Implicitly, any Christian who votes Leave will be an apostate to Jesus Christ our Lord. Excommunication beckons, what with punitive pyres somewhat out of fashion.

I just hope that this latest demonstration of how corrupt the C of E has become will disgust even those Anglicans who plan to vote Remain. And then perhaps they’ll be so disgusted that they’ll change their minds. Perhaps they’ll suspect that there must be something wrong about a cause championed in such a revolting way.

This taking a hands-on part in political squabbles emphasises yet again the perils of a church embracing the state too tightly. When Jesus Christ, for whose sake we’re supposed to renounce our sovereignty for ever, said his kingdom was not of this world, he punched a hole in the very possibility of a state church.

Yet this possibility became a reality in two countries I know well, England and Russia. And in both places the state church has been steadily shifting allegiance from church to state.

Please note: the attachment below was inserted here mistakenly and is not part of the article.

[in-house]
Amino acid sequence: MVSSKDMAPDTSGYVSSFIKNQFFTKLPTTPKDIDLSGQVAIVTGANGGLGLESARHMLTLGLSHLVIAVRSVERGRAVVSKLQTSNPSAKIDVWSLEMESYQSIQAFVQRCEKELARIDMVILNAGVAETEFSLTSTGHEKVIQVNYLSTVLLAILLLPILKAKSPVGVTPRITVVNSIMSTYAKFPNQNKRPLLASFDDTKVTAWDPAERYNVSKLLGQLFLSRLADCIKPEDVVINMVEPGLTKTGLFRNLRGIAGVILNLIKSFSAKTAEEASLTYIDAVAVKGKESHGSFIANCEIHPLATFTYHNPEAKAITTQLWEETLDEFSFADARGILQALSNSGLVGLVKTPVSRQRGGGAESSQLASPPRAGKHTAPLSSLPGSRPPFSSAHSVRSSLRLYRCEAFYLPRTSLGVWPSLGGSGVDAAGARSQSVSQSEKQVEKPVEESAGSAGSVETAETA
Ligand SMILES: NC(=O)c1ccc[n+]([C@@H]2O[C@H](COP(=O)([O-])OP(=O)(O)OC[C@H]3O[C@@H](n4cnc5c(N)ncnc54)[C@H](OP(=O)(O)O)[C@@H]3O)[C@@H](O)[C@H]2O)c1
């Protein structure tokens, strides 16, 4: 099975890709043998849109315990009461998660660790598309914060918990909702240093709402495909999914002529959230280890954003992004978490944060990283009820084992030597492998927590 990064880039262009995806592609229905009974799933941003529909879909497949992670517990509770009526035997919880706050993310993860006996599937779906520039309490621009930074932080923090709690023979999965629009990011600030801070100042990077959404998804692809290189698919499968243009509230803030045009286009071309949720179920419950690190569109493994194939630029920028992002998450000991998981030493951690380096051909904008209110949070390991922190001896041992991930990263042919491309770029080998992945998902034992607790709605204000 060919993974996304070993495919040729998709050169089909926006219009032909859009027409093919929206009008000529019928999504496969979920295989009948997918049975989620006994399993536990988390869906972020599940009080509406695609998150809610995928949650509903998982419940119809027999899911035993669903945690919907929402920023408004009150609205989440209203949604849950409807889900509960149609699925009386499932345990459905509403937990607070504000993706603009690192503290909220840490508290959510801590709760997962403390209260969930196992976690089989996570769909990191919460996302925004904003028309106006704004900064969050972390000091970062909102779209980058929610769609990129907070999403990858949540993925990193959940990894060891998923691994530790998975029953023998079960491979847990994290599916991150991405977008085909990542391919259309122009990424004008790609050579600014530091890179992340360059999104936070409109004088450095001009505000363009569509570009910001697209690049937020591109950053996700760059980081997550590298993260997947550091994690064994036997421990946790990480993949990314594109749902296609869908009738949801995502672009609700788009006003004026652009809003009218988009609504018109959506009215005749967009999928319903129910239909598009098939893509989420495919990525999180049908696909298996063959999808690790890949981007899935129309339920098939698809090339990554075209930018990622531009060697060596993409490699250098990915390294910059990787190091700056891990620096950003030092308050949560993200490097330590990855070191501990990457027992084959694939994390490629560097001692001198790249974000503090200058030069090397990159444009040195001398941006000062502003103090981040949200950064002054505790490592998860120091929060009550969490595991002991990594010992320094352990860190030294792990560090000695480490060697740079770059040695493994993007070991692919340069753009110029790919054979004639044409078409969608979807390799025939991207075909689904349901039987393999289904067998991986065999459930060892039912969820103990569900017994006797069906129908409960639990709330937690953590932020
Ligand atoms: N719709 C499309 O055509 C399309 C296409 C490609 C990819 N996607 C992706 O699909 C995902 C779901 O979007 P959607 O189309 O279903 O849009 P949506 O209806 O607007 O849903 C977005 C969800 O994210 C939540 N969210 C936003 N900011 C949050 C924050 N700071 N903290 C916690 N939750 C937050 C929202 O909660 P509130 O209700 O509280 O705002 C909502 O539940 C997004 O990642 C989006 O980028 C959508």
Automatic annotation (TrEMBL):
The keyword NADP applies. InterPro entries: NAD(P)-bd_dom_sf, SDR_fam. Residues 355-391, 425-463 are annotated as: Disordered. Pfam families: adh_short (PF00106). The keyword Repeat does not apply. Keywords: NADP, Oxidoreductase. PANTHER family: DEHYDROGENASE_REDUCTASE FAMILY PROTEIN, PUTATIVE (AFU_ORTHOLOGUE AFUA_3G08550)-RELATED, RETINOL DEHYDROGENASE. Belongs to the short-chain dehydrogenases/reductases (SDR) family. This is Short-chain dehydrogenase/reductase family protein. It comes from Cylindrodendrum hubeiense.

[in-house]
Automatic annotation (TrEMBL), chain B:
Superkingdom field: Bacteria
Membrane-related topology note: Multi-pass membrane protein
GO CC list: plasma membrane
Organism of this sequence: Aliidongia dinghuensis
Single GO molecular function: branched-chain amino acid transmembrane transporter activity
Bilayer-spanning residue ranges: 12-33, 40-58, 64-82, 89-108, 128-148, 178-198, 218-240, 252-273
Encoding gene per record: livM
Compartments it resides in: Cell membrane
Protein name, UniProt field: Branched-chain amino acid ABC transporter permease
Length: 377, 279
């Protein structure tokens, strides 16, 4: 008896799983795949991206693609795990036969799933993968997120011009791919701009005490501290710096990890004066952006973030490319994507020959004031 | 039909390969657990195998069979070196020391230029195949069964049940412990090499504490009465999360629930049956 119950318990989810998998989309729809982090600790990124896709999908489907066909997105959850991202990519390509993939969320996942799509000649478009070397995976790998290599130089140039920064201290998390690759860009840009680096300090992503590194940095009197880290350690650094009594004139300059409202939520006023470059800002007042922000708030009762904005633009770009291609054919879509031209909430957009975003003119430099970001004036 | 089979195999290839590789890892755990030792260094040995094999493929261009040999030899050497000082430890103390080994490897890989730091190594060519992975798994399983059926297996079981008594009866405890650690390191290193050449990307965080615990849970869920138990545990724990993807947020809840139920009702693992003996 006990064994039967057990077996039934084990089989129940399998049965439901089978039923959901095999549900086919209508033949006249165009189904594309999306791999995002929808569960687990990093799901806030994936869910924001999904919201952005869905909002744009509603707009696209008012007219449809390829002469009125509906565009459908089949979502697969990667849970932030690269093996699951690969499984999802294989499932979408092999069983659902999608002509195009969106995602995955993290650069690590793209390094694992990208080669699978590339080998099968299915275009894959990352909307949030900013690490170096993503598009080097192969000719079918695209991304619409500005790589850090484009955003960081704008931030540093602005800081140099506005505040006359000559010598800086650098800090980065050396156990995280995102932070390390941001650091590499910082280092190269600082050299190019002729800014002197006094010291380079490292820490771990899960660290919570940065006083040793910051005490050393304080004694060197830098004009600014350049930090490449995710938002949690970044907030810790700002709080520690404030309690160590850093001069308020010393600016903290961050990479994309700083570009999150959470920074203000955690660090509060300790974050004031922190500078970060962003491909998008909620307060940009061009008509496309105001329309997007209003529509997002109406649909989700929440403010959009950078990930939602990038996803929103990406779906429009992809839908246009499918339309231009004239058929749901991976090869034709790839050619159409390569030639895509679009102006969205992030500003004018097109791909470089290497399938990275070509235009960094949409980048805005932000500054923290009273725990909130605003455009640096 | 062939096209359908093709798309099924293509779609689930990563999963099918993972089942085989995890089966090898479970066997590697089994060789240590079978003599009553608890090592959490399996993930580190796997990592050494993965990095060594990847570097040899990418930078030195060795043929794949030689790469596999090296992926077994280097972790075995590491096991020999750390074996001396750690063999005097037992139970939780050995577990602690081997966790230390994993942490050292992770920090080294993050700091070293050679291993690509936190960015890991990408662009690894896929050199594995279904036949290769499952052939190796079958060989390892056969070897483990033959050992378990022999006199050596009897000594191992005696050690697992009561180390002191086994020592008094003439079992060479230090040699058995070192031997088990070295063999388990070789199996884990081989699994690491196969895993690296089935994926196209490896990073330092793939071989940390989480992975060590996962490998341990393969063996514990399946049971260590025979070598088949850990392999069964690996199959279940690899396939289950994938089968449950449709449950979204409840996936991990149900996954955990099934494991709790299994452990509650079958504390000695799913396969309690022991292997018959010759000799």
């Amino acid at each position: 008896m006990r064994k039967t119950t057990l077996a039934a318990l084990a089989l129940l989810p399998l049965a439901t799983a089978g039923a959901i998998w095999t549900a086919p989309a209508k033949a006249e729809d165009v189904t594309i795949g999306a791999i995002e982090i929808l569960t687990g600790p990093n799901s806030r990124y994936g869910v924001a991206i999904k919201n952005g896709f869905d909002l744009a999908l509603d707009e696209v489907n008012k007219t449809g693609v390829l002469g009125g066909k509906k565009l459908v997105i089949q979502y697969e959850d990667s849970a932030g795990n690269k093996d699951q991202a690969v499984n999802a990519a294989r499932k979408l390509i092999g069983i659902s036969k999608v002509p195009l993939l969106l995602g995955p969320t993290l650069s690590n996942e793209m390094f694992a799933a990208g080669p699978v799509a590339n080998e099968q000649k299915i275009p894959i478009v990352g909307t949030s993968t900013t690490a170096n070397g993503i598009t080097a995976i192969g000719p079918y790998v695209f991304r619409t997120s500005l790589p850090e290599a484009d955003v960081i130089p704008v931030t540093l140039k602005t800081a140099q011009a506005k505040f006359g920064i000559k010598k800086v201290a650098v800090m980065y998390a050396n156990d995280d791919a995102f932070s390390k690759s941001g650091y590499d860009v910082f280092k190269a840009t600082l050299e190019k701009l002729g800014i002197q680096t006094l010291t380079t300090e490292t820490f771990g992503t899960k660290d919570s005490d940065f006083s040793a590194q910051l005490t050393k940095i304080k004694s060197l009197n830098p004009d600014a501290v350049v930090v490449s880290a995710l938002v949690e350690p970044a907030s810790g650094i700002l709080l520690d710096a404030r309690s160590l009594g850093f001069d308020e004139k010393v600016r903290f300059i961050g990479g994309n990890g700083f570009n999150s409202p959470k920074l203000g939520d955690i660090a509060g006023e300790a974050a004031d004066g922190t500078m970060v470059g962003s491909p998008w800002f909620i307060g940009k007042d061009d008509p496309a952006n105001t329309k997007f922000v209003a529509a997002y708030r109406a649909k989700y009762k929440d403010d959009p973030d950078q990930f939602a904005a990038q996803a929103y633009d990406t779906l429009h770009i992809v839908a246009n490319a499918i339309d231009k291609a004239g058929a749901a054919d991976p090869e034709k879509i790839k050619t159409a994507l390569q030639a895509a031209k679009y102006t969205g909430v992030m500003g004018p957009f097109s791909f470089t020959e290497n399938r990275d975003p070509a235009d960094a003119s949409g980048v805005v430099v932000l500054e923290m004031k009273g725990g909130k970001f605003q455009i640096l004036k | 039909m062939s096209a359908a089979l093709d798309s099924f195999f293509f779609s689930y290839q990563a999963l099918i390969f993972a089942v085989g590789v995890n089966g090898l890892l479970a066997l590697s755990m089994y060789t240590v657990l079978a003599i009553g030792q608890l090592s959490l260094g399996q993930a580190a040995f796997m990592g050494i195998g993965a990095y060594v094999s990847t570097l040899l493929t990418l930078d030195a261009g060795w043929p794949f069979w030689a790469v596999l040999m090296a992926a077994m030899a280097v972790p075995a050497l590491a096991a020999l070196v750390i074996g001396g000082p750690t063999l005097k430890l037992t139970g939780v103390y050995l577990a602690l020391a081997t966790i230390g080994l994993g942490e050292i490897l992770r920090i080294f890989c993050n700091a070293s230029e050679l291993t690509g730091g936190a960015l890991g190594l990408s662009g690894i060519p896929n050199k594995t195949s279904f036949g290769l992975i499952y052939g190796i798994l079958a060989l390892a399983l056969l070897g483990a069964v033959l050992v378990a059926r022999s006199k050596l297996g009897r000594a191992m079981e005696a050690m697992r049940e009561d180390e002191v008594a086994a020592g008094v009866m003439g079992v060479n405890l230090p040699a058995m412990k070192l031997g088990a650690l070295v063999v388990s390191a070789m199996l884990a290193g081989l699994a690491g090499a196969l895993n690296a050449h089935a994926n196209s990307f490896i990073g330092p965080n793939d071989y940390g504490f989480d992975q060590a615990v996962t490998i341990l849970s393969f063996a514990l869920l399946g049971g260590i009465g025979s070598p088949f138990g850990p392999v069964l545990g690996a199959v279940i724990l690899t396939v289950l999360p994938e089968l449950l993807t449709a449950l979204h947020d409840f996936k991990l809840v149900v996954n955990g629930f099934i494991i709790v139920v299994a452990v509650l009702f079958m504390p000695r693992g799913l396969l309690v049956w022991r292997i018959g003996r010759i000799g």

Being a state church covers a multitude of sins. But one sin it should flee from like demons from the cross is that of becoming merely a servant to the secular state, with all its transient fads and desiderata. However, that, I’m afraid, is the case in today’s Russia (in which I have no personal interest), and it’s becoming the case in today’s England (in which I have a vital interest).

That is a general point of principle, which is nonetheless worth making. A church cravenly toeing the political line drawn by the government loses much of its claim to legitimacy, compromising its ordained ministry.

However, if for a church to plunge headlong into political rough-and-tumble is dubiously Christian, doing so on this particular side is manifestly anti-Christian.